Sunday, November 2, 2014

[P]eople's general approach to social issues - more conservative or more progressive - is influenced by their genes.

Though I admit that the issue if far from resolved, “research builds on a series of studies that indicate that people's general approach to social issues - more conservative or more progressive - is influenced by their genes.”  I suspect that the failure to fully understand that “influence” is a result of the lack of proper analytical tools – and perhaps the fear of some of what the final answer might be.

Nonetheless, I have come to believe that for me at least, this is very true.  The DNA sequence of my genome contains parts from five of my ancestors which compelled me in the fall of 2014 to embark on a course of action which in retrospect I am sure I had no choice but to follow. What each of these five saw was something few, if any, others could see.  As Arthur Schopenhauer said: “Talent hits a target no one else can hit; Genius hits a target no one else can see.” My genius, not in the Mensa way, but in the distinctly personal way, is that I now see what no one else seems to see: The direct path to calling an Article V convention to the end of re-setting the balance of political power between the People and their out-of-control Federal government.

What follows is my journey on that path which necessarily starts with those five ancestors of mine and how they reacted to the environmental political stimulus of their times which was a strong predictor of how I would react in my time.

The first is my great, great, great, great, great, great Uncle George Mason.  At the Constitutional Convention of 1787, Mason vigorously opposed the provision that allowed the slave trade to continue until 1808 (despite being a slaveholder himself), referring to the slave trade as "disgraceful to mankind."  But what really sets Mason apart from the other founding fathers, and what keeps him in a sense less well known than many others, is that he also vehemently objected to powers granted to the new federal government, which he believed to be ill-defined and overzealous. In fact, he said, "I would sooner chop off my right hand than put it to the Constitution as it now stands."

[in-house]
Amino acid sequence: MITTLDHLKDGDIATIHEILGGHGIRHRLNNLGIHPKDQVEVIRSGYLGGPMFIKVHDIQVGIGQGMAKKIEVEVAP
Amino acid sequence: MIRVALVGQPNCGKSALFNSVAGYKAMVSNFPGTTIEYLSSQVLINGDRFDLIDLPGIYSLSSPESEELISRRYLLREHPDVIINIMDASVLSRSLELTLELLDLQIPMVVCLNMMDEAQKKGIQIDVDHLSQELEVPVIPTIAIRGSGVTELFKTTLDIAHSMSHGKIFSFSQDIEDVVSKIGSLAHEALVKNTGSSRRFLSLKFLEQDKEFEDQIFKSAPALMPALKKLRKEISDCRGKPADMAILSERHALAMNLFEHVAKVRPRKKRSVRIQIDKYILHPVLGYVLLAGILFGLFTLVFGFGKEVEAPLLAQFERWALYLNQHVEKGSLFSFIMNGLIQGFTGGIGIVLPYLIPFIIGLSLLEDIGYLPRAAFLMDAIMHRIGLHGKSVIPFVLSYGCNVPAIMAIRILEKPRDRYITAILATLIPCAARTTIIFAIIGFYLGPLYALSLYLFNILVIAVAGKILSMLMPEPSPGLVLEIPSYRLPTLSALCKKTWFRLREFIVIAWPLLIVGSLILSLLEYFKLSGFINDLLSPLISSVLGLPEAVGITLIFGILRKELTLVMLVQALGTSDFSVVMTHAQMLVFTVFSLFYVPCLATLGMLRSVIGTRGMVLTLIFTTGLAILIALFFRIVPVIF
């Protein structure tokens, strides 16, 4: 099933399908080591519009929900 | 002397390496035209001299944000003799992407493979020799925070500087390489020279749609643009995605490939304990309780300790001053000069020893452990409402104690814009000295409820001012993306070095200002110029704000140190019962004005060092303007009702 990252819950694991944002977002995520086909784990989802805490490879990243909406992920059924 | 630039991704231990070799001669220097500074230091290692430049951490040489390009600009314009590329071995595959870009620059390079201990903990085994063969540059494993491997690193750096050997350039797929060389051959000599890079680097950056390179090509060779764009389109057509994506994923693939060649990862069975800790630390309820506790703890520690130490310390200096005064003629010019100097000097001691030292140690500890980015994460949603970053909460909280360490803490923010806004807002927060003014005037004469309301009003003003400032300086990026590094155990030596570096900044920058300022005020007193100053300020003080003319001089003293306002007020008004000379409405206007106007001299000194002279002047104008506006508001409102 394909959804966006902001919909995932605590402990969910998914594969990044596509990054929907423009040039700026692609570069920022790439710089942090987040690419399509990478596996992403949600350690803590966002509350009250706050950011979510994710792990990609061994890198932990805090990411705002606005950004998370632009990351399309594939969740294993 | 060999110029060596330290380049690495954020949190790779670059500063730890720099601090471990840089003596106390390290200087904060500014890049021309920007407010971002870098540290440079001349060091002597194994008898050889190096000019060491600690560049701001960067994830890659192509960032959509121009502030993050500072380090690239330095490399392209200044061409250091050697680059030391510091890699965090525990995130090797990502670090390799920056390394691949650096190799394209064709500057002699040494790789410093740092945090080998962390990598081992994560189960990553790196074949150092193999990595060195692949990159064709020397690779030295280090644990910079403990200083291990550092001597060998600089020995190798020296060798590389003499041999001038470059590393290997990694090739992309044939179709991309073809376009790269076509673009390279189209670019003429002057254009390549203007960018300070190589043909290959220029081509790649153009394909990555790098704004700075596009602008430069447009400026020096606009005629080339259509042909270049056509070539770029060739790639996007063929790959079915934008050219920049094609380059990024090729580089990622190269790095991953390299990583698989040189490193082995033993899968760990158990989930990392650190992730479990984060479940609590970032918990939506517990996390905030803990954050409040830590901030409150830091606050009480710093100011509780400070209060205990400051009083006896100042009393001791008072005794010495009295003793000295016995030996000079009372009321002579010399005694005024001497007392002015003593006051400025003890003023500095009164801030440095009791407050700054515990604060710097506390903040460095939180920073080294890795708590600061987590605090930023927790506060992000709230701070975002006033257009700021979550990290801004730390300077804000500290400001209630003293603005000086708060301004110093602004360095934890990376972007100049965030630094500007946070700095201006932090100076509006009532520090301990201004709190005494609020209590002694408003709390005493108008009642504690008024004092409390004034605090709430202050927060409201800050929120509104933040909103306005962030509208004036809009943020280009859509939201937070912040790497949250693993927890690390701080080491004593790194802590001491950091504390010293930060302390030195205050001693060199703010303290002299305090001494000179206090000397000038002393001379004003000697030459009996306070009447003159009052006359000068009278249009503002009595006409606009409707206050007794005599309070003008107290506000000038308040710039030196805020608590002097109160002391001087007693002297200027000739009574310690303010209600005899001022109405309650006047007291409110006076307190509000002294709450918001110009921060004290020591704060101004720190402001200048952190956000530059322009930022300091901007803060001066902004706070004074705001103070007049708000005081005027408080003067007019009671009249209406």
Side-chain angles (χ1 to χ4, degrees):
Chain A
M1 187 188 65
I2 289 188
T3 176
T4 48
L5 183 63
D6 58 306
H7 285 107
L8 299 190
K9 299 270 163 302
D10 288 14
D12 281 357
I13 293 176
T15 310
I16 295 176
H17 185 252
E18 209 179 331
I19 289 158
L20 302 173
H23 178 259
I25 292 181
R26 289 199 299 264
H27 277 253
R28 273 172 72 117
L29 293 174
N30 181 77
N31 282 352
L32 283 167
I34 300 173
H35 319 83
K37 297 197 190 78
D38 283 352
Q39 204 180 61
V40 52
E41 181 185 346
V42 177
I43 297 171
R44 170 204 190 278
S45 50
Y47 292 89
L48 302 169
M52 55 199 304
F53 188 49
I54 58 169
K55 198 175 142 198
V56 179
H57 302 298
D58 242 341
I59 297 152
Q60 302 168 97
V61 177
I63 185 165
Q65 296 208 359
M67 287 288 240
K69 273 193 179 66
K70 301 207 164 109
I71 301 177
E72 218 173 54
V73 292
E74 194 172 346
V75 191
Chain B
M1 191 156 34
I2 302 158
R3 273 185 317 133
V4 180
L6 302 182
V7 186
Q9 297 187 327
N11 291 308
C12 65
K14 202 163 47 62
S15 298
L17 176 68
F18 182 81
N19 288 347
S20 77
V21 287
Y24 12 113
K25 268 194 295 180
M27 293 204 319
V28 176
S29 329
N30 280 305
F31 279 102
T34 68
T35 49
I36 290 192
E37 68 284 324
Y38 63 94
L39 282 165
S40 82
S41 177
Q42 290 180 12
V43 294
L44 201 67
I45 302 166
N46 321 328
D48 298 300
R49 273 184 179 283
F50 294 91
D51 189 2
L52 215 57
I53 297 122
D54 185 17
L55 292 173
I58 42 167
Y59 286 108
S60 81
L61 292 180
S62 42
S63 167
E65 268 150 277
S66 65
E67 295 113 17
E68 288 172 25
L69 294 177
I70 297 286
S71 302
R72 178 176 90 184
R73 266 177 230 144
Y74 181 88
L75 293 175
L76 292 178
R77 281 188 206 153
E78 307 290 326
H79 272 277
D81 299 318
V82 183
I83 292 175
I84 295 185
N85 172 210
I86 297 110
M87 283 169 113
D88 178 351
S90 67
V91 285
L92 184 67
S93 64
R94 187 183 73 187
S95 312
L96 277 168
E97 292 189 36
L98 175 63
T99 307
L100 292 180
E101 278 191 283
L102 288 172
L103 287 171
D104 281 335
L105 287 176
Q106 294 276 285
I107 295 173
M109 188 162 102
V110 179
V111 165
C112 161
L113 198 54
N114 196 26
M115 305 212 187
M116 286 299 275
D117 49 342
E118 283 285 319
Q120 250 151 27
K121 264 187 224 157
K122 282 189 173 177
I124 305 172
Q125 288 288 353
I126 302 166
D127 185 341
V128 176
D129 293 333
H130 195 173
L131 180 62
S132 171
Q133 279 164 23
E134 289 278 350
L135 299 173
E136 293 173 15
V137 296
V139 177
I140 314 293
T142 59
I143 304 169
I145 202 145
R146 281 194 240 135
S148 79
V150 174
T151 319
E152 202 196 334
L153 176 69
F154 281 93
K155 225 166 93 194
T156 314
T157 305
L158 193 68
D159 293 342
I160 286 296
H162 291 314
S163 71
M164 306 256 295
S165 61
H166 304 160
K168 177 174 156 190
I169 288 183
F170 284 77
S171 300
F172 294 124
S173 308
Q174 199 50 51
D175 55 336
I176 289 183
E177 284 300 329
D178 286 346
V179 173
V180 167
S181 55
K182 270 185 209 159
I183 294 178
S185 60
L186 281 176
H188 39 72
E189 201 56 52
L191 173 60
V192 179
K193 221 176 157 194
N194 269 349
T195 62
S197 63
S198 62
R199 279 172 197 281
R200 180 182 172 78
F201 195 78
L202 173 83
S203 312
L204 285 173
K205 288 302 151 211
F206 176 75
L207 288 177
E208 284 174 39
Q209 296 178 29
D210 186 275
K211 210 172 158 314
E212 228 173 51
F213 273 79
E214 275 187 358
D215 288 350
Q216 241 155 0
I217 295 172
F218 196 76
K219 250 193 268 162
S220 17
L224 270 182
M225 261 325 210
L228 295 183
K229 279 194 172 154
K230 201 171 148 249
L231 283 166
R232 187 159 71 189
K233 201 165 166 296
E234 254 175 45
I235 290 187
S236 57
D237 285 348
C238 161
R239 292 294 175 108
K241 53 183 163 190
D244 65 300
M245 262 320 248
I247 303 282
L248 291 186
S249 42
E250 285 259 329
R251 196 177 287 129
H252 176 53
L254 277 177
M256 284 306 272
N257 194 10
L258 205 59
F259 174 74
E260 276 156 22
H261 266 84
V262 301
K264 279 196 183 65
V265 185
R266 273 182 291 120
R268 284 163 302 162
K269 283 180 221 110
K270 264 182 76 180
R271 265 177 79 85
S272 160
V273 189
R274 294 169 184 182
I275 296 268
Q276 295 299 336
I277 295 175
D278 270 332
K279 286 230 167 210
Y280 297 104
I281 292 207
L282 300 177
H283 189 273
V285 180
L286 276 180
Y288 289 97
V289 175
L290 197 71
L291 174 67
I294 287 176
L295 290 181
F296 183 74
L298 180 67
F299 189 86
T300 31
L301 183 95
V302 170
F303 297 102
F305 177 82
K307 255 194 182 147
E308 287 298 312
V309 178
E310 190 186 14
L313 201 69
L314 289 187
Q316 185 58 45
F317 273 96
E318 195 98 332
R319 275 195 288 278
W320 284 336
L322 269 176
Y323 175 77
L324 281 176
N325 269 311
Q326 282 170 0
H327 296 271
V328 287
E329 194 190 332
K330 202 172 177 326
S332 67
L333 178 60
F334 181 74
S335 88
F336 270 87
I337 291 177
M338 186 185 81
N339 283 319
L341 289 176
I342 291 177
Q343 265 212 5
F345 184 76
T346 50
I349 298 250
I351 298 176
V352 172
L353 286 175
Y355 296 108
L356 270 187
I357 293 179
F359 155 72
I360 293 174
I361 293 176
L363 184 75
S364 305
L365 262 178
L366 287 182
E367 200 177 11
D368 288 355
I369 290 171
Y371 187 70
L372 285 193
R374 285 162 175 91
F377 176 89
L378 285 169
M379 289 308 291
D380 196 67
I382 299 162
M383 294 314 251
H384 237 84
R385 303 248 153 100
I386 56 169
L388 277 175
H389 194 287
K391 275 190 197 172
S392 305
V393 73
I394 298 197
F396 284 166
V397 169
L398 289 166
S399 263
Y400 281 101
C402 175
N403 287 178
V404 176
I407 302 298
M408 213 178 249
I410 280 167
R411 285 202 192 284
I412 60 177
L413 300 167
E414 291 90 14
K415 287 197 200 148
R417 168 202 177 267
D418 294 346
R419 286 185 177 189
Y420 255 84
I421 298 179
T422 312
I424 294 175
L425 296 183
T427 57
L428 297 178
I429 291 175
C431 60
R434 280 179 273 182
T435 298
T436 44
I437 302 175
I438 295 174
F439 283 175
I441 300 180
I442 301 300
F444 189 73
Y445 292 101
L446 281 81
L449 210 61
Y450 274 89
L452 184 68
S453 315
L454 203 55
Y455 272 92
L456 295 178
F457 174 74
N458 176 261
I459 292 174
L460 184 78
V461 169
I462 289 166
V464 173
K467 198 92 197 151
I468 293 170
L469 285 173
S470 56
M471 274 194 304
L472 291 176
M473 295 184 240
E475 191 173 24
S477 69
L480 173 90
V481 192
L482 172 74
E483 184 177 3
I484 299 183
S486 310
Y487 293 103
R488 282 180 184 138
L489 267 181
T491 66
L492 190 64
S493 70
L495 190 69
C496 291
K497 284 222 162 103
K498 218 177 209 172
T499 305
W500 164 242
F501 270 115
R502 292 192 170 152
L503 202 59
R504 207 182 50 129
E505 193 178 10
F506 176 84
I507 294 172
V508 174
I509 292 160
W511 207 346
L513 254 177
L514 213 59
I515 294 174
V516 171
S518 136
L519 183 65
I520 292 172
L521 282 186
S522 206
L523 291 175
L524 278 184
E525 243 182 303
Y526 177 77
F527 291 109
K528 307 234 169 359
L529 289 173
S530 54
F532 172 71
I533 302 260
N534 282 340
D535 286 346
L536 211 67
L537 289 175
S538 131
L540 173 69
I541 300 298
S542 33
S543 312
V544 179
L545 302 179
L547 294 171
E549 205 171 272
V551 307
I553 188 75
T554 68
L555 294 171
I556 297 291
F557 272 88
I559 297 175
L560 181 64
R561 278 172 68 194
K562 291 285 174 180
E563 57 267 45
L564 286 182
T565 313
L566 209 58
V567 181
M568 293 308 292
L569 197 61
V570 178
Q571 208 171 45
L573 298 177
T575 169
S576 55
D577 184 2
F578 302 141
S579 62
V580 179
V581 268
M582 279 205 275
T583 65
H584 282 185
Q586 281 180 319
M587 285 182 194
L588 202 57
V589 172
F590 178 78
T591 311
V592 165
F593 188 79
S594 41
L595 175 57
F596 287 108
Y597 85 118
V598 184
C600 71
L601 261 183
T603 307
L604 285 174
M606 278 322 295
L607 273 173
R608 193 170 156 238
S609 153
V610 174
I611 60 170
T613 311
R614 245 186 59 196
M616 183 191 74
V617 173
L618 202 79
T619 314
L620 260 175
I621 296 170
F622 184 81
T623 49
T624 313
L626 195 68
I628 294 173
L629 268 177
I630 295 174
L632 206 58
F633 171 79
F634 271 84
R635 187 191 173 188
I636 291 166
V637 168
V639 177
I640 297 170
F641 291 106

In his home state of Virginia, he rallied against ratification of the final draft of the U.S. Constitution, and he never did sign it. His criticism of the rights given to the federal government over the people and states helped bring about the Bill of Rights as an addendum to the Constitution (although his earlier idea for a bill of rights was rejected). The Constitution was approved by a vote of 89 to 79 in September 1787. In December 1791, the U.S. Bill of Rights was ratified, putting to rest Mason's concerns about the rights of the individual, and he died less than a year later.

In his Last Will and Testament, Mason wrote: 
I recommend it to my sons from my own experience in life, to prefer the happiness of independence and a private station to the troubles and vexations of publick business, but if either their own inclinations or the necessity of the times should engage them in public affairs, I charge them on a father's blessing never to let the motives of private interest or ambition induce them to betray, nor the terrors of poverty and disgrace, or the fear of danger or of death, deter them from asserting the liberty of their country and endeavoring to transmit to their posterity those sacred rights to which themselves were born.
I consider myself one of George Mason’s "sons", and as such, through I would much prefer at this stage of my life the “happiness of independence and a private station”, I cannot, like George Mason, be still while “ the necessity of the times” demand that I had to engage in the “public affairs”.

And so, in the Fall of 2014, I did do something which startled all those who learned of it.


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